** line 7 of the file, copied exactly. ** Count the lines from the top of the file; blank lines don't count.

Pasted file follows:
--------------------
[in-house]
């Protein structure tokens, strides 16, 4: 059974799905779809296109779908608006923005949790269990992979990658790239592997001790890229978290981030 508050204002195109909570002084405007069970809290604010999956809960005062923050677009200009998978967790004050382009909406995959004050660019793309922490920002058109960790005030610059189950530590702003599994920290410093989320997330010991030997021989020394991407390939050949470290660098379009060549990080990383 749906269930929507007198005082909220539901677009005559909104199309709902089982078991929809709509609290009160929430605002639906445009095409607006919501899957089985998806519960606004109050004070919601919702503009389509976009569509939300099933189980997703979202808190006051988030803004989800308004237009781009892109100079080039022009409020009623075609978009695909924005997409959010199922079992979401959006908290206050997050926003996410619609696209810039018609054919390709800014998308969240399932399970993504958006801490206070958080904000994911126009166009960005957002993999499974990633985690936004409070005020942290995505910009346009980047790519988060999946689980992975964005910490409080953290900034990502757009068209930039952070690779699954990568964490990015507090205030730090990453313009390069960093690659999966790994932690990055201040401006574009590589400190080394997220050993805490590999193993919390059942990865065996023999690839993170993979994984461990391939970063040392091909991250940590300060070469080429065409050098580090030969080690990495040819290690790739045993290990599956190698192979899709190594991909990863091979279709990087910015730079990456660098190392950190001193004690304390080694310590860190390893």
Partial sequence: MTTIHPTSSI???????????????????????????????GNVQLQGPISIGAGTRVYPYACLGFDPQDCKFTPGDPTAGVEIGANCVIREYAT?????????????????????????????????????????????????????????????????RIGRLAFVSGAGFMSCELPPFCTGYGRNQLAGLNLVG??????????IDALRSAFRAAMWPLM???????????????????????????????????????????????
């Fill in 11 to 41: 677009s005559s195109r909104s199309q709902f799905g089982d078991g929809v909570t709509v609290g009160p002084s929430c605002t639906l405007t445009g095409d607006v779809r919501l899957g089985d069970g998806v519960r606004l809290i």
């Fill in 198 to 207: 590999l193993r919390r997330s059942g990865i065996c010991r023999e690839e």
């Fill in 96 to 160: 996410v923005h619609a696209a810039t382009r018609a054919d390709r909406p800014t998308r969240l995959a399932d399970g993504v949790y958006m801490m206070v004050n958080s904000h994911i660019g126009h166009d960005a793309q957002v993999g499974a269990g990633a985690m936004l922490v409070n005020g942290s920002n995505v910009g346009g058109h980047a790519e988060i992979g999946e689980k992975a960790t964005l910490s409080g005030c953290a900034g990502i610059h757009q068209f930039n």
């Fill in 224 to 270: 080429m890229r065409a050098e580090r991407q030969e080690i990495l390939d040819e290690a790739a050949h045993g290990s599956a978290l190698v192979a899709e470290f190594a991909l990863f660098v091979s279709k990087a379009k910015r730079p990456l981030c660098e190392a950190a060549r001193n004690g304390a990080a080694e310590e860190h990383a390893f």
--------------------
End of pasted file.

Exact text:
């Fill in 224 to 270: 080429m890229r065409a050098e580090r991407q030969e080690i990495l390939d040819e290690a790739a050949h045993g290990s599956a978290l190698v192979a899709e470290f190594a991909l990863f660098v091979s279709k990087a379009k910015r730079p990456l981030c660098e190392a950190a060549r001193n004690g304390a990080a080694e310590e860190h990383a390893f």